Scilly Is ‘Challenging Place’ For Mental Health Issues

hospital sign 2The Isles of Scilly are an “amazingly challenging place” for someone living or visiting with a mental health issue.

That’s according to the Council’s head of health and social care for adults, Clive Acraman, during an update on mental health provision on the islands, given to members of the Health Overview and Scrutiny Committee.

A multiagency group, bringing together the NHS, the islands’ GP’s, the Council and the Police, has been reviewing the care of patients who suffer an acute mental health episode. This follows two cases last year that highlighted gaps in the service on the islands.

Clive said the recent resignation of the adult social care manager was an opportunity to recruit “an experienced and professionally qualified person to the role” and the authority intends to find someone who is also an approved Mental Health Practitioner.

That gives them extra powers under the Mental Health Act and this would minimise the need to bring professionals over to Scilly in the event of a crisis.

Clive said the safest place for a patient is on the mainland, where appropriate services are available, and anyone undergoing a mental health crisis would need to be taken off the islands as quickly as possible.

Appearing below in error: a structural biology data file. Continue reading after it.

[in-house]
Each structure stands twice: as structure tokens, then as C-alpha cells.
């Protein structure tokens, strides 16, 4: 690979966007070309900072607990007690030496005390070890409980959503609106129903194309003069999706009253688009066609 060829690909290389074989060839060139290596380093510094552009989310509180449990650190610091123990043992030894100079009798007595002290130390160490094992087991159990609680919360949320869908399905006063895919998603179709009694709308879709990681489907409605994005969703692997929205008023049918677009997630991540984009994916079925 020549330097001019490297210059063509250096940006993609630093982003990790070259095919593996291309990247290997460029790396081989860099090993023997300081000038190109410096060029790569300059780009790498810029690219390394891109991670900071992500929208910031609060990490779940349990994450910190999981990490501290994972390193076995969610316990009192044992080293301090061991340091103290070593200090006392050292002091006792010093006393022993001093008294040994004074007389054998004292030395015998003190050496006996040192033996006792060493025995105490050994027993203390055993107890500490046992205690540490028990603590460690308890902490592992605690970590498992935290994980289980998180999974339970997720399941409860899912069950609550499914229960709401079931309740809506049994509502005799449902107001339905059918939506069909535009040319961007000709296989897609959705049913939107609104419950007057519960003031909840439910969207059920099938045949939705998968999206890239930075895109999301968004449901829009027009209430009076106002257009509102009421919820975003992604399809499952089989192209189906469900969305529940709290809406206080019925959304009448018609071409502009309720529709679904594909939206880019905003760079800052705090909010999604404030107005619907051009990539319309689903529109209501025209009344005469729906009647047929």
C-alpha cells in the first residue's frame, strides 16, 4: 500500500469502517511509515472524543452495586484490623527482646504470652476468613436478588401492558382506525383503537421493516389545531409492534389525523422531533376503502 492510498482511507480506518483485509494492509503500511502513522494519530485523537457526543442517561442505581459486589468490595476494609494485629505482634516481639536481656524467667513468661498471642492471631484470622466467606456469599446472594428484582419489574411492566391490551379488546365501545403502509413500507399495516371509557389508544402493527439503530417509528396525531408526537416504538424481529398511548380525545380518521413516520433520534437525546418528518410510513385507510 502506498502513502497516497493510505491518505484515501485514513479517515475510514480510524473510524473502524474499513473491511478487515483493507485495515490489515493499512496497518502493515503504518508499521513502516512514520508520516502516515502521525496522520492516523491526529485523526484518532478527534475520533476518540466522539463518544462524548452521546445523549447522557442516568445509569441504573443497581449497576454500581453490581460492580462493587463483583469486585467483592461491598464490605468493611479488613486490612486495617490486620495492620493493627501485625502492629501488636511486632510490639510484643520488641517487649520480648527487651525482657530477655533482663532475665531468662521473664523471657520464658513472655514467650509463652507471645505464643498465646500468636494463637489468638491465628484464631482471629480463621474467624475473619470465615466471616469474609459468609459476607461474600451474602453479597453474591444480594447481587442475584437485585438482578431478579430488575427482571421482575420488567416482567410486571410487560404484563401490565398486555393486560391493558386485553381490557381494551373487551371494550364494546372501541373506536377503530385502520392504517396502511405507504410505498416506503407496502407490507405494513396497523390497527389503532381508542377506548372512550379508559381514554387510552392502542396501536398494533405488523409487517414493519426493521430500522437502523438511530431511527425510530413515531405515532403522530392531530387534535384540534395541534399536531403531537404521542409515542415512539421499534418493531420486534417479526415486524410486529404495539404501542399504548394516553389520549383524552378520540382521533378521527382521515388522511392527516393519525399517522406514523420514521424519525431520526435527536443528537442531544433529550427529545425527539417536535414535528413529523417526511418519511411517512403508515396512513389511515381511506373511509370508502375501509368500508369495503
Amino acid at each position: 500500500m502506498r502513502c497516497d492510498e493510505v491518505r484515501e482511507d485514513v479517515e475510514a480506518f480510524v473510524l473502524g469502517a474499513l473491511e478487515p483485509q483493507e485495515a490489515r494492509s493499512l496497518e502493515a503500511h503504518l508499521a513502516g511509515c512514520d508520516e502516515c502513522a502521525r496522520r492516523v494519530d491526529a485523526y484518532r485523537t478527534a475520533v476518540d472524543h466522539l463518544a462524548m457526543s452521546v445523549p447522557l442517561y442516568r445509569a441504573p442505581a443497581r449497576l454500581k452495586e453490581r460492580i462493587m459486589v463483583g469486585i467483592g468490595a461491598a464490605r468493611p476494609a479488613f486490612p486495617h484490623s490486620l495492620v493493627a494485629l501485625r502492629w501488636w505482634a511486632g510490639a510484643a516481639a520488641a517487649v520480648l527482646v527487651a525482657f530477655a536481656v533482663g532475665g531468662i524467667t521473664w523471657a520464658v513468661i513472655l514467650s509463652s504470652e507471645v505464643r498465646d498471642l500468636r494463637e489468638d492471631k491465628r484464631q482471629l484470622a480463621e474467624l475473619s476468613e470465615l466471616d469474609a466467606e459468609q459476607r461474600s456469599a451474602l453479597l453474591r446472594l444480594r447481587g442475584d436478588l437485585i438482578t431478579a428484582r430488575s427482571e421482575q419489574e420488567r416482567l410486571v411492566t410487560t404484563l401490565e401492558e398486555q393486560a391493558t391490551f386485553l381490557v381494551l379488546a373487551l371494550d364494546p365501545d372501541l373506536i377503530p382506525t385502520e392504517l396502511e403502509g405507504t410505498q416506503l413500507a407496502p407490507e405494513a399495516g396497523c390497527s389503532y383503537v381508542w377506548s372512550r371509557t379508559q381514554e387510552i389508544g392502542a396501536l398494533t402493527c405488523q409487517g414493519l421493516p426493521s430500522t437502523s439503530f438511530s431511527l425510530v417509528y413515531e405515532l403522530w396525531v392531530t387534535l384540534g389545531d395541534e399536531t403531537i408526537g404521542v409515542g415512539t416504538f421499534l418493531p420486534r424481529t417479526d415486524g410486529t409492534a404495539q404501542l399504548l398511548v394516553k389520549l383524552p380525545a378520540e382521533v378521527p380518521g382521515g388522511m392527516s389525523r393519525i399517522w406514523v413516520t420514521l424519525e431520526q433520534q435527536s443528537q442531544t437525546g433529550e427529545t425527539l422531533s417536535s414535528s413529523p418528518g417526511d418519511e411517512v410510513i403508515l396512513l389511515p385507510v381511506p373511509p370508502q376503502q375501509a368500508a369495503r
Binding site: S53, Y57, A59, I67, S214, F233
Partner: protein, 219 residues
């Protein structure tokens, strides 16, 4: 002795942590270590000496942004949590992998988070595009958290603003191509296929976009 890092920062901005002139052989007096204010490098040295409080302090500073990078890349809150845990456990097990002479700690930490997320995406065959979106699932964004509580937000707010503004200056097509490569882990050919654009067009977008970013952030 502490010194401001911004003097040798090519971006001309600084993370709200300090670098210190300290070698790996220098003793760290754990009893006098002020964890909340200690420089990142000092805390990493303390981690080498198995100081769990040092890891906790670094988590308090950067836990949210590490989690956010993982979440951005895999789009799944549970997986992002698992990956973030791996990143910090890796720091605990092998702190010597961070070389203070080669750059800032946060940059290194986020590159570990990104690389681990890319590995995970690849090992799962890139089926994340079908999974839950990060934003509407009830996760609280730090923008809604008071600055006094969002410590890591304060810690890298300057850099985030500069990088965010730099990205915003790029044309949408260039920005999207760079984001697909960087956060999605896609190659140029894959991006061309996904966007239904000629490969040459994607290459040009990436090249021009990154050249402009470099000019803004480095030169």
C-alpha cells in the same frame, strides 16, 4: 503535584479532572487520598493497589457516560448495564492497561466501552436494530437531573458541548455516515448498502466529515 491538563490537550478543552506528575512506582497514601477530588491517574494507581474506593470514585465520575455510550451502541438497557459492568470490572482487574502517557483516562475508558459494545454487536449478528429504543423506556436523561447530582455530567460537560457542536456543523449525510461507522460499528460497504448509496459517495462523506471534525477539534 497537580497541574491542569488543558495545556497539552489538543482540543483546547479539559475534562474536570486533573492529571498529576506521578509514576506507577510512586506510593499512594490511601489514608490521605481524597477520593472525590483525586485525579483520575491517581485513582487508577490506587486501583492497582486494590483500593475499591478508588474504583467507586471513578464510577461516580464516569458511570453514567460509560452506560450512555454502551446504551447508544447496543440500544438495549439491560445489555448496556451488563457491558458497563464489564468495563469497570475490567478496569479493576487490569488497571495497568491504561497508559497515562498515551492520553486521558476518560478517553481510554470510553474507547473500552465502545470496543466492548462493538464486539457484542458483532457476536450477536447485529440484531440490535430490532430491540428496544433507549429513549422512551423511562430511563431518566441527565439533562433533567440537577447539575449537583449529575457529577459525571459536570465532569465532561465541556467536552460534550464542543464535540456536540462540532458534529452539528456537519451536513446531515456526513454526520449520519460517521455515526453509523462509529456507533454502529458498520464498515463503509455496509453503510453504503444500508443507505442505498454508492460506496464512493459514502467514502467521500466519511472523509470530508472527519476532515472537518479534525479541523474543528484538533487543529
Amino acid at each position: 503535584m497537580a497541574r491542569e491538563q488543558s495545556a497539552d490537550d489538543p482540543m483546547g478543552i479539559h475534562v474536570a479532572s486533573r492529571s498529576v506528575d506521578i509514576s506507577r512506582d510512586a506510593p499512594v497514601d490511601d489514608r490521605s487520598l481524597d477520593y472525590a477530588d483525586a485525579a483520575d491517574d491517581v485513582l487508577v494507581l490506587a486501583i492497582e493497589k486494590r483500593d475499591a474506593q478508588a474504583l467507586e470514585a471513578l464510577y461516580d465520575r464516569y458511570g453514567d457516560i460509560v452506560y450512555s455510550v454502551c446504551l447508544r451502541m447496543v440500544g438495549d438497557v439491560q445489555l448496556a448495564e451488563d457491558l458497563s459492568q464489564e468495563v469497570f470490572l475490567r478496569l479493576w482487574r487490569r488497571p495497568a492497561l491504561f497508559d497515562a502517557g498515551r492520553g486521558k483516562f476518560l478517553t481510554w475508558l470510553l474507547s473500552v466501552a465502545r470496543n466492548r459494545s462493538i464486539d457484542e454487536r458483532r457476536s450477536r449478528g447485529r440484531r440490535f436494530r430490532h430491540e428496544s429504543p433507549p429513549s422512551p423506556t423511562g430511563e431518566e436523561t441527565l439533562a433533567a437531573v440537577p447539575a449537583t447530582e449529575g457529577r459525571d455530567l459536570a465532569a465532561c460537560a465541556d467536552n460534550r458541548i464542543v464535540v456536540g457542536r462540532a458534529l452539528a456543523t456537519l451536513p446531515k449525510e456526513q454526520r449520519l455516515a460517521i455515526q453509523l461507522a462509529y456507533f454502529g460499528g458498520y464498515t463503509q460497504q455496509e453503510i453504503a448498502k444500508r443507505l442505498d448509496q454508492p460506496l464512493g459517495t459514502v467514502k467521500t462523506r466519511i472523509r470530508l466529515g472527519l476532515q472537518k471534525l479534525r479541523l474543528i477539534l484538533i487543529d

There have been problems in the past taking patients on the Scillonian III and they’ve agreed that the Medical Launch can be used in that situation if necessary.

But that could be a challenge in poor weather and the Police and GP’s here might need to use their ‘sectioning’ powers in these situations. The GP’s are currently undergoing training in these, said Clive.

Professionals might also need to be brought over using emergency air transport.

The Council has identified two potential sites for a ‘safe place’ facility, where patients could be taken for their own and others’ safety, but Clive warned that this would need to be appropriately staffed and that could put pressure on the budgets.

The safe place could be used flexibly, for example as a short-term refuge for those fleeing domestic abuse, he says.

Cllr Dudley Mumford felt that progress had been made since last year. He said they were, “not there yet” but “travelling in the right direction.”